Noninvasive testing options
to optimize compliance

Diagnosis and monitoring of exocrine pancreatic insufficiency

Stool testing is a critical component of diagnosing exocrine pancreatic insufficiency (EPI), and Mayo Clinic Laboratories offers multiple tests to help clinicians in their evaluation of these patients.

A 48- or 72-hour stool fecal fat test is useful for determining the presence of steatorrhea, which indicates malabsorption disorders like EPI. However, patients often find this process cumbersome and difficult to tolerate, which greatly impacts compliance.

To address this issue, Mayo Clinic Laboratories also offers pancreatic elastase testing (frequently called fecal elastase), an alternative approach to fecal fat testing that only requires a single stool collection.

Pancreatic elastase testing measures the level of the elastase enzyme within stool, enabling clinicians to identify if it is at the appropriate level for patients to digest and maintain adequate function of their pancreas.

Pancreatic elastase testing can be extremely useful for:

  • Diagnosis of exocrine pancreatic insufficiency in case of unexplained diarrhea, constipation, steatorrhea, flatulence, weight loss, upper abdominal pain, and food intolerances.
  • Monitoring of exocrine pancreatic function in cystic fibrosis, diabetes mellitus, or chronic pancreatitis.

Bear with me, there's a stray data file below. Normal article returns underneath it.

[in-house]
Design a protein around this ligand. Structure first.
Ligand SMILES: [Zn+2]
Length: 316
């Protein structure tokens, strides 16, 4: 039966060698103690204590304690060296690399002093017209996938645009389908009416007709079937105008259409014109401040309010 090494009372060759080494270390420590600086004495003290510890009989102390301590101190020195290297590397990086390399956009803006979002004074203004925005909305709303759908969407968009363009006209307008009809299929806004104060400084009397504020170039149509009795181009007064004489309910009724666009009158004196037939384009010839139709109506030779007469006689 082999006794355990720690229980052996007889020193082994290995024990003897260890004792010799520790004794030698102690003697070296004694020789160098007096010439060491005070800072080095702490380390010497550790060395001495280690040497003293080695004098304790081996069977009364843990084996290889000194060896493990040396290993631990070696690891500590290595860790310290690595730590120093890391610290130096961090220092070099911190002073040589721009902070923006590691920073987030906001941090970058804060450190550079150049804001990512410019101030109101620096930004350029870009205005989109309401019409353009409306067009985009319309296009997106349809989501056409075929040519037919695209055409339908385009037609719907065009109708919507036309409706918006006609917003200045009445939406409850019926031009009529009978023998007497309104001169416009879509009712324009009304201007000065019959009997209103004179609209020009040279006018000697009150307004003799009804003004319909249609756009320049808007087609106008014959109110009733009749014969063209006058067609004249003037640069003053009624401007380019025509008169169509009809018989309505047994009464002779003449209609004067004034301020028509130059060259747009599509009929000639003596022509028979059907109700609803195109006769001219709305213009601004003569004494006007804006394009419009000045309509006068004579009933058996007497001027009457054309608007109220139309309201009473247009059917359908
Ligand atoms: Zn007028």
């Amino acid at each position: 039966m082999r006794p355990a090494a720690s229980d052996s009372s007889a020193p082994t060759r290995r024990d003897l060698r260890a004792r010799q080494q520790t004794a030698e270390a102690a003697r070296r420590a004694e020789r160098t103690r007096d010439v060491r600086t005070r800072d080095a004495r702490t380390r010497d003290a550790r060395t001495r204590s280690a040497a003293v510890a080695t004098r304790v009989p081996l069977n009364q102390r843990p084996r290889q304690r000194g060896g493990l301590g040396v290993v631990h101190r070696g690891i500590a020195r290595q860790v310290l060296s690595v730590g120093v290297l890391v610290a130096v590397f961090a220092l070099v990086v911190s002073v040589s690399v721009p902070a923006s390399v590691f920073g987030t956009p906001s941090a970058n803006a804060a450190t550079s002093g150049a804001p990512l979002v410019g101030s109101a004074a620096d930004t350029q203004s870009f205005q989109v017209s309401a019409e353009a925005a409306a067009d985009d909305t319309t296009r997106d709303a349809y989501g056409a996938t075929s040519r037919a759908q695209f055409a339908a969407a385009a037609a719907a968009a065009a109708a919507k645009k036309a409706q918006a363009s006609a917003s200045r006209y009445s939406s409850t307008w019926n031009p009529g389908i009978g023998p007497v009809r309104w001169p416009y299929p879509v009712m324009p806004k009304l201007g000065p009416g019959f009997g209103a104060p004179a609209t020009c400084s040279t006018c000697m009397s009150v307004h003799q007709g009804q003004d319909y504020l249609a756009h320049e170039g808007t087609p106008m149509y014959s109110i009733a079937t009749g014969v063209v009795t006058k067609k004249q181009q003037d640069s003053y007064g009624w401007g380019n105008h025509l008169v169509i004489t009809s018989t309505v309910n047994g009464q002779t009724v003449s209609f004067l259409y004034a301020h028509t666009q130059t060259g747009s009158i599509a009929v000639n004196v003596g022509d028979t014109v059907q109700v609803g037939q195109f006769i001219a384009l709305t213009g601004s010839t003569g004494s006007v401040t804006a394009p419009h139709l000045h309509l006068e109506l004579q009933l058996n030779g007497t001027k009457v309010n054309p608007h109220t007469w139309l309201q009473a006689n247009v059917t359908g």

Which test should I order?

A Test in Focus

Puanani Hopson, D.O., a Mayo Clinic pediatric gastroenterologist, explains the pancreatic elastase test — a screening test that can be useful when symptoms point to the possibility of exocrine pancreatic insufficiency. Dr. Hopson reviews when this test should be ordered, how it compares to other test options, and how its results can guide further evaluation.

Genetic testing to confirm a suspected clinical diagnosis of familial or hereditary pancreatitis

Hereditary pancreatitis (HP) is defined as two or more individuals in a family affected with pancreatitis involving at least two generations. Mutations in several genes, including PRSS1, CFTR, CTRC, and SPINK1 have demonstrated genetic susceptibility to chronic pancreatitis. 

Genetic testing can confirm suspected clinical diagnosis of familial or hereditary pancreatitis in patients with chronic pancreatitis; identify gene mutations contributing to pancreatitis in an individual family; and allow for predictive and diagnostic testing in family members.

Learn more about how to order these evaluations at your institution.